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In re Matai Title “Letuli”,

 

OLO U. MISILAGI LETULI, Claimant,

 

v.

 

PILI POPO LETULI, ENI F.H. FALEOMAVAEGA, MITIOMAAUGA SALAVE’A, FONOTI TAFAIFA, and IOSEFO KAPELI IULI, Counterclaimants.

 

[In re Matai Title LETULI of the Village of Ili`ili]

 

High Court of American Samoa

Land and Titles Division

           

MT No. 11-98

 

March 27, 2000

 

 

[1] Under A.S.C.A. § 1.0406(b), a prerequisite to filing a claim to succeed to a vacant matai title is that a family meeting was held for the purpose of selecting the successor, according to the traditions of the family, and that the family thus had a meaningful opportunity to decide for itself whether it can select a new titleholder without judicial intervention.[4ASR3d274]

 

 [2] Under A.S.C.A. § 1.0409(c)(2), the criteria for judicial determination of a matai controversy includes the wish of the majority or plurality of the customary clans of the family with respect for the common Samoan custom of choosing a matai by a consensus of the participants at a meeting of the family during which the integral elements of discussions and good faith efforts to settle disputes occur. 

 

[3] Where a number of gatherings are held, those which include only a particular matai title candidate’s immediate family, clan, or some other portion of the extended family cannot be classified as extended family meetings.

 

[4] Where there have been several meetings of an extended family to consider matai title succession with varying outcomes and a consensus to postpone the selection decision, there has not been a meaningful family meeting which the court can consider so as to adjudicate a title dispute.

 

[5] Under A.S.C.A. § 1.0407(b), a counterclaim to a vacant matai title must be signed by no fewer than 25 supporters related by blood to the vacant title.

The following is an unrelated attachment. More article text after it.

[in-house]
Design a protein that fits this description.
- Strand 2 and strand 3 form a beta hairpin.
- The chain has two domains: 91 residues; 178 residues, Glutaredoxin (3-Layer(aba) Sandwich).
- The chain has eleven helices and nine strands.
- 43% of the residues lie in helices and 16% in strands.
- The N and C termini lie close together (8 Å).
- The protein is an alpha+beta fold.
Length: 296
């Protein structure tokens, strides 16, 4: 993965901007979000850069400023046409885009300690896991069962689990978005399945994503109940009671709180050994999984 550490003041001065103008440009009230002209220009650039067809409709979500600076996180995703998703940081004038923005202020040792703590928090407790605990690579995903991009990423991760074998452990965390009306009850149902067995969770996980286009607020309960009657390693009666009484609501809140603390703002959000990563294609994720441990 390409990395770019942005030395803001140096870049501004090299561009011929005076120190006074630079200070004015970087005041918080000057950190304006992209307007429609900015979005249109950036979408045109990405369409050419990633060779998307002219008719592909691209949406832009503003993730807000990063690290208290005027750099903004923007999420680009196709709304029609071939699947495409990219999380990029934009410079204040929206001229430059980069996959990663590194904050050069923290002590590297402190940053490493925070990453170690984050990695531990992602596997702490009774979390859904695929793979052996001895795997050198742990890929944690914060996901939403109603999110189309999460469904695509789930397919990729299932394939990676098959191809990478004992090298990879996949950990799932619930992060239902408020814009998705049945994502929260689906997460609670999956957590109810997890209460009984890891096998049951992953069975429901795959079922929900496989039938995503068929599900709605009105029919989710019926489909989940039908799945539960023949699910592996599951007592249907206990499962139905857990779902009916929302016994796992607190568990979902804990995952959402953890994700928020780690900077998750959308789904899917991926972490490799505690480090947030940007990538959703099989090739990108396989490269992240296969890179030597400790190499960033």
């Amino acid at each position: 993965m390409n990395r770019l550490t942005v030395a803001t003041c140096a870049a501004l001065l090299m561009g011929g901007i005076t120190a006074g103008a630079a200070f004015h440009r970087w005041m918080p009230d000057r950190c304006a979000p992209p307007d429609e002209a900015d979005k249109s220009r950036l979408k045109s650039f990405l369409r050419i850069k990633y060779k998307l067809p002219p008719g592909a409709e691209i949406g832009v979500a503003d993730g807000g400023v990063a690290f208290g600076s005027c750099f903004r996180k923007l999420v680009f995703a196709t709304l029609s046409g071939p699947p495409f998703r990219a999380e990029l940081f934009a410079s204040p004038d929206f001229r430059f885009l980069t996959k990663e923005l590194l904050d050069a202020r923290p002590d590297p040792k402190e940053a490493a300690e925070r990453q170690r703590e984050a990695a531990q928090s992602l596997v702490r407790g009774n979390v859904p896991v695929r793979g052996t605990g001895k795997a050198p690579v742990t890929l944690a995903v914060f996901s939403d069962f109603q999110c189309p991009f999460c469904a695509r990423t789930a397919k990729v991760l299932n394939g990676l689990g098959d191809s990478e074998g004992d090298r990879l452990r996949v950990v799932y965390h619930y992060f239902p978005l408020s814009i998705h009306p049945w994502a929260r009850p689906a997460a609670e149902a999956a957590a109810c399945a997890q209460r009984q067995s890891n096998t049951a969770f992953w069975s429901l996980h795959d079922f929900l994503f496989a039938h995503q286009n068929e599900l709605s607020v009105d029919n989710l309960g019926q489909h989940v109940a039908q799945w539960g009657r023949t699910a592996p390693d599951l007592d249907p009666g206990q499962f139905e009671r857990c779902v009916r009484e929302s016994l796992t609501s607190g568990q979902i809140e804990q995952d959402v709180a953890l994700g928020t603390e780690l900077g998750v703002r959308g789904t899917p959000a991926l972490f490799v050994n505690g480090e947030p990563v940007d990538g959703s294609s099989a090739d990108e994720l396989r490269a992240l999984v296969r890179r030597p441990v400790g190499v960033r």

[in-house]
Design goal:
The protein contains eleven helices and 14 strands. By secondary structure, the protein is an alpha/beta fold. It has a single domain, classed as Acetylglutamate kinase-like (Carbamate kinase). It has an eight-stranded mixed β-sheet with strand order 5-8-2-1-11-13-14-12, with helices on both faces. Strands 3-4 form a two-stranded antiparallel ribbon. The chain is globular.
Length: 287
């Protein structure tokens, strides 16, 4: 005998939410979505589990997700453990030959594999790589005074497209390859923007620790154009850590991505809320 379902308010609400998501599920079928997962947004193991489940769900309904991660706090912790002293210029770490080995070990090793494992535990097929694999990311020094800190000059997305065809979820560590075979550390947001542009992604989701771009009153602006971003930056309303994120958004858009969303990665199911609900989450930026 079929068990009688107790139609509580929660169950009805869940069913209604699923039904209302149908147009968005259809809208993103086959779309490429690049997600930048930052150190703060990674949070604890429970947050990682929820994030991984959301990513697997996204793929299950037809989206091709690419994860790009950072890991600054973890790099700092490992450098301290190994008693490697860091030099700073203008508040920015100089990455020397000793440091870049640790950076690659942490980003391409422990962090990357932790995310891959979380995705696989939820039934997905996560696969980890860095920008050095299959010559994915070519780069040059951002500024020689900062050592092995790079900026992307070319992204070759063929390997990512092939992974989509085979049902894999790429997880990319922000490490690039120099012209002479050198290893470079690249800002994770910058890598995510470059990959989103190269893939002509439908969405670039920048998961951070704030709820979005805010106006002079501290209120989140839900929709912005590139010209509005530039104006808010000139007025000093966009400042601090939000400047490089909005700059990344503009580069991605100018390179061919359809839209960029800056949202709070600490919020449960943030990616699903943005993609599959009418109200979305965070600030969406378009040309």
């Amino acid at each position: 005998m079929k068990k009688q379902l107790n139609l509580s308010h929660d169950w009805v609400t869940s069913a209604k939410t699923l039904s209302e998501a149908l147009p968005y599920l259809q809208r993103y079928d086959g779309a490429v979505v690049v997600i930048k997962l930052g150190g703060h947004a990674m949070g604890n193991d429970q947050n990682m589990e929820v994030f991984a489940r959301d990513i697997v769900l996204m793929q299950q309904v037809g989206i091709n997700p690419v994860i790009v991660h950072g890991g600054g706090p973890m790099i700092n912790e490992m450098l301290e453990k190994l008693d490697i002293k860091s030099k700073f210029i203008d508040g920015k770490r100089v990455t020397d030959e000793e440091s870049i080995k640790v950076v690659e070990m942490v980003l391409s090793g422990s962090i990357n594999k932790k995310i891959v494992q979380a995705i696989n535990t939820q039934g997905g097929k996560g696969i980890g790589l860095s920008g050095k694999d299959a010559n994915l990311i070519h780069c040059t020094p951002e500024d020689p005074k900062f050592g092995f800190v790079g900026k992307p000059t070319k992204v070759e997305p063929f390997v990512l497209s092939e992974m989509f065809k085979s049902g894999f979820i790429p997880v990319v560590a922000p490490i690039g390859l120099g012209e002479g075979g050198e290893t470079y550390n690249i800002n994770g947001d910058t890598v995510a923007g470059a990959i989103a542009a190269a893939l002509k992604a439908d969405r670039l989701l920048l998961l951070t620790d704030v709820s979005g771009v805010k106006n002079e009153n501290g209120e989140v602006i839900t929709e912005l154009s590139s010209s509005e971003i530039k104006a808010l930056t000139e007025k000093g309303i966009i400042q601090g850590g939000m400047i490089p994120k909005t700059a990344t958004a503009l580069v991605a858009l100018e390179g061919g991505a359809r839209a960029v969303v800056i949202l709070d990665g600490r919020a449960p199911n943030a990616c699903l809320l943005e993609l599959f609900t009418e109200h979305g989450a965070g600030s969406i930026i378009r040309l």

Before RICHMOND, Associate Justice, LOGOAI, Associate Judge, ATIULAGI, Associate Judge, and TAUANU`U, Temporary Associate Judge.

 

Counsel:                For Claimant Olo U. Misilagi Letuli, Afoa L. Su`esu`e Lutu

 For Counterclaimant Phi Popo Letuli, Salanoa Aumoeualogo  

 Soli

 For Counterclaimant Eni F.H. Faleomavaega, Tauivi Tuinei

                 For Counterclaimant Mitiomaauga Salave’a, Pro Se

 For Counterclaimant Fonoti Tafaifa, Asaua Fulmaono

 For Counterclaimant Iosefo Kapeli Iuli, Isa-Lei Iuli

 

AMENDED ORDER RETURNING SELECTION PROCESS TO FAMILY TO HOLD ONE OR MORE MEANINGFUL FAMILY MEETINGS TO SELECT THE SUCCESSOR MATAI

 

On December 30, 1997, claimant Olo B. Misilagi Letuli (“Olo”) filed with the Territorial Registrar his claim to succeed to the vacant matai title “Letuli” of the Village of Ili`ili.  The claim was noticed and attracted seven timely counterclaims.  One of the counterclaimants, Ufuti Fa`afetai Ieremia, dropped out by failing to file the questionnaire required in matai title cases.  Another counterclaimant, Fugaipaono V. Tagaloa, withdrew before trial.  The trial began on January 25, 2000 and concluded on February 3, 2000.  The remaining six candidates and all counsel were present throughout the trial.[4ASR3d275]